The Function of the Cell membrane
- The cell membrane is made up of lipids and glycoproteins which function mainly as receptors for molecules that control the cell.
- The lipids and glycoproteins also help in the transportation of substances into the cell and out of the cell.
- The cell membrane, therefore, controls homeostasis.
- The cell membrane also encloses and protects the cell’s organelles as an animal cell has no cell wall.
Structure of the Animal cell nucleus
The cell nucleus is the largest organelle of the cell.
It is a spherical structured organelle found mostly at the cell center.
The nucleus with the help of the filaments and microtubules is held together to the cytoplasm
It is a double-layered membrane which is a continuous channel of membranous from the endoplasmic reticulum network.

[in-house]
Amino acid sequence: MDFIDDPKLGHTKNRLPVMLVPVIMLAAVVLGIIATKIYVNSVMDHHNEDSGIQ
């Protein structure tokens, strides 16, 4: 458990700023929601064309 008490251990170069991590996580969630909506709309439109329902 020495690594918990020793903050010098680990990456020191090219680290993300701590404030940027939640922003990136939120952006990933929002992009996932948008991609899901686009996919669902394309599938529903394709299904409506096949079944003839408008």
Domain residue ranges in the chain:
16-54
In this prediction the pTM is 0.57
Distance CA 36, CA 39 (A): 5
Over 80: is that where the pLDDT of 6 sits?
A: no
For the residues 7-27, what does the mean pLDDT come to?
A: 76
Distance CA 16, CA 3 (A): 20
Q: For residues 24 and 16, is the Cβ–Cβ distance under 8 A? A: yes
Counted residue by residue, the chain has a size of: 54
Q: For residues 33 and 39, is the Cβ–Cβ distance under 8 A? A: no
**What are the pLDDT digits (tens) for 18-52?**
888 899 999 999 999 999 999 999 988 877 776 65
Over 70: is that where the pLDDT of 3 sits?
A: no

This membrane surrounding the nucleus is called the nuclear membrane or nuclear envelope. The nucleus contains and holds other cell organelles like the nucleolus, chromatins, and nucleosomes. Hence, within the nucleus is the nucleolus which helps in making ribosomes.
The nuclear envelope contains less cholesterol compared to the cell membrane and pores that allow and control the exchange of molecules and substances such as messenger RNA (mRNA), ATP, ribosomes, nucleotides, and some proteins.
The nucleus by containing the DNA material of the cell ultimately controls all activities of the cell and also plays an essential role in reproduction and heredity.
Moreso, the nucleus contains chromosomes that code the DNA of the cell (the genetic material of the cell).
The functions of the animal cell nucleus
- The main role of the nucleus is to control and regulate all activities of the cell.
- It regulates cell growth activities and maintains cell metabolism.
- The nucleus plays an essential role in reproduction and heredity.
- Also, the nucleus contains the DNA material of the cell, hence it carries the gene that has the cell hereditary information. Hence it is the information center.